Going from being one of the world’s most advanced tech companies to being a serious offender, Huawei has faced accusations of being a real threat to world security. The company has faced negative backlash since as early as 2001, when Indian security services accused Huawei of doing business dealings with the Taliban, Pakistan, and Iraq. Two years later, Cisco filed a lawsuit against Huawei alleging that the latter had unlawfully copied intellectual property from the American networking infrastructure firm. While these are serious claims, the more recent allegations of its 5G network being a risk for governments and citizens are what have caused Huawei’s apparent fall from grace.
Since March 2017, when WikiLeaks’ Vault 7 emerged, the company has been continuously targeted by political figures. The document listed a series of known software bugs in all types of hardware, and in many cases, intelligence agencies had been deliberately withholding security bugs from vendors. As Huawei was part of that list, it became known that the company’s products had a series of vulnerabilities that up until that point had remained undisclosed. The next year was even more tumultuous, with Australia outright banning Huawei 5G equipment and the Japanese government announcing that it was also considering a ban on equipment from Huawei. This was followed by the arrest of the company’s CFO, Meng Wanzhou, in December. The next month, she was charged with over 23 criminal charges, including bank fraud, obstruction of justice, and IP theft.
The drama continued to unfold as further leaks suggested the tech giant had been receiving funds from Beijing’s national security apparatus, the People's Liberation Army, and an additional third branch of Chinese state intelligence. Chairman Liang Hua stated that Huawei would move its operations to countries where it was welcomed and slow its activities in the remaining, while guaranteeing that it follows every single country’s regulations where it operates.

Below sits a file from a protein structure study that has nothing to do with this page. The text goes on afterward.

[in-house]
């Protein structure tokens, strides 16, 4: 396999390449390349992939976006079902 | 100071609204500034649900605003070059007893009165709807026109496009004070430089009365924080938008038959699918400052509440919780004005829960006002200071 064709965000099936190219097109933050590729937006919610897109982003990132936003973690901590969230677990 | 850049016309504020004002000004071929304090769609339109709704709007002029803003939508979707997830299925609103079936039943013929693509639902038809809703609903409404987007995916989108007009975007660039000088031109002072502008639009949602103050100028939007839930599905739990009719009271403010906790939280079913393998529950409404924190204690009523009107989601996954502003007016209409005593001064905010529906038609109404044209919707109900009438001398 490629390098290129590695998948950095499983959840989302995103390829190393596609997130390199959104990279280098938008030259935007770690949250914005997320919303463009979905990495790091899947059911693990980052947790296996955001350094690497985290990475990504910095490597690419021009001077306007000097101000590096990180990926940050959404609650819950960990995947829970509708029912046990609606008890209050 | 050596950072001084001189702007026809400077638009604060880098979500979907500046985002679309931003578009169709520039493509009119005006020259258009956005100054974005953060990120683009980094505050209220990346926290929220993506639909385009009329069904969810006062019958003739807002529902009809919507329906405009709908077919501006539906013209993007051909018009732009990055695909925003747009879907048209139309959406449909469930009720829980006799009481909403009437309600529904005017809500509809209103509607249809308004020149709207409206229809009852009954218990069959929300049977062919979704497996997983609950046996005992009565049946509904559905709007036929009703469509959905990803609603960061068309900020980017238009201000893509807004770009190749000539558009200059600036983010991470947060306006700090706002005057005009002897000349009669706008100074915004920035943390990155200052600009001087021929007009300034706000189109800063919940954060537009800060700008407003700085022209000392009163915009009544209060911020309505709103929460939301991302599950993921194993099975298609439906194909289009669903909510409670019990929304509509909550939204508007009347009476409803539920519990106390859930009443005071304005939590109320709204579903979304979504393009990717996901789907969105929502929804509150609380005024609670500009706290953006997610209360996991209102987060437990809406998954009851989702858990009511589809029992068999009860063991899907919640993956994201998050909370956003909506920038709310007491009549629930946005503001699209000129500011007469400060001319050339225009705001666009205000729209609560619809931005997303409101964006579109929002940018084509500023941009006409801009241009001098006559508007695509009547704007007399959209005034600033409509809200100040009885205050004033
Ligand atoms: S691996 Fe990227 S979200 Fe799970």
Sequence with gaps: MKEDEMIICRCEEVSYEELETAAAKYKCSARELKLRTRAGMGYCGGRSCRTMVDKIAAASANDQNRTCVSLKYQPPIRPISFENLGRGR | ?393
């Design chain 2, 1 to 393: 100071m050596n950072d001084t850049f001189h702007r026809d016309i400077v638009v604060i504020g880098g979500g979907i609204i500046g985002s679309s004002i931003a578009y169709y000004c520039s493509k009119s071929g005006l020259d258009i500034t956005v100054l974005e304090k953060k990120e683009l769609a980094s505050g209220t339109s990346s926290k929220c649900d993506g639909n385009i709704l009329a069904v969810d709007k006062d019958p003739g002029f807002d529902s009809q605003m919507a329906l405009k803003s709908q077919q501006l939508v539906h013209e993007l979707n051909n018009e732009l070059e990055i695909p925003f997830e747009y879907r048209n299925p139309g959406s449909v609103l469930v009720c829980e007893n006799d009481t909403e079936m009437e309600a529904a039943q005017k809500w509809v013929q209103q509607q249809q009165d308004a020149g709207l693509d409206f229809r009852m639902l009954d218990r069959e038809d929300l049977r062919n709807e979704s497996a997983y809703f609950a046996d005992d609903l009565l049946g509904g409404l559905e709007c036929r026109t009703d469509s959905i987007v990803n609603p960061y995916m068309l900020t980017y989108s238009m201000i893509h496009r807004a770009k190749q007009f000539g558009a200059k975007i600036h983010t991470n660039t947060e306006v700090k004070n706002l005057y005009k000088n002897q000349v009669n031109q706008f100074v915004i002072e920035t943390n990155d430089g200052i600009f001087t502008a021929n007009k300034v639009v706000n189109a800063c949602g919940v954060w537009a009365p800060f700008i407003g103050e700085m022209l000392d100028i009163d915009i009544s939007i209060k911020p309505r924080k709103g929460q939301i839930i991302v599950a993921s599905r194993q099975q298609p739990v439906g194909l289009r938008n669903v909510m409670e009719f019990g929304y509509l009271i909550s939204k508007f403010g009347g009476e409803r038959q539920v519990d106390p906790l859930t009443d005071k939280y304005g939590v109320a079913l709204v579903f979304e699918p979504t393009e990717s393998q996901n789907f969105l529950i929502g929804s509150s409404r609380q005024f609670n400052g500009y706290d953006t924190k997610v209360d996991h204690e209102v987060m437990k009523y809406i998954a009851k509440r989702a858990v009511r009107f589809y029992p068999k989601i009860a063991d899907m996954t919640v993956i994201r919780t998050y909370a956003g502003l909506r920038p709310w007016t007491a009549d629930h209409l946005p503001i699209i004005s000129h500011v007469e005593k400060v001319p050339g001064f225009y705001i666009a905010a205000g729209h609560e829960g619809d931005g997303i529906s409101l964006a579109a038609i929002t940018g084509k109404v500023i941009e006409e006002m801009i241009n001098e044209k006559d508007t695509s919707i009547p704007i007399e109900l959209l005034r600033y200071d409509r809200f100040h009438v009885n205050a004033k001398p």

However, that wasn’t enough, as by May 2019, the company was hit by further U.S. trade restrictions. Google intervened, saying it might be forced to prevent Android from shipping on future handsets, as well as limiting access to Google services. While mobile handset businesses and infrastructure providers will have 90 days to work with Huawei to remove its technologies from networks and devices, what will happen after that is still uncertain.
For customers, this means that until August 19, Google will be able to deliver software updates on their devices. However, after that date, their devices will become even more vulnerable to attacks, as the lack of new updates will leave them with an obsolete OS. While the word out there is that Huawei’s in-house operating system will be ready to launch in autumn 2019, conflicting reports declare that it is still very far from ready. With no apparent solution so far, customers are now stuck between waiting for an update on what will come in the near future, or simply walking away from Huawei. For the company, this means that not only does it need to find a way to overcome the technical difficulties ahead, but it also needs to regain its customers’ trust.
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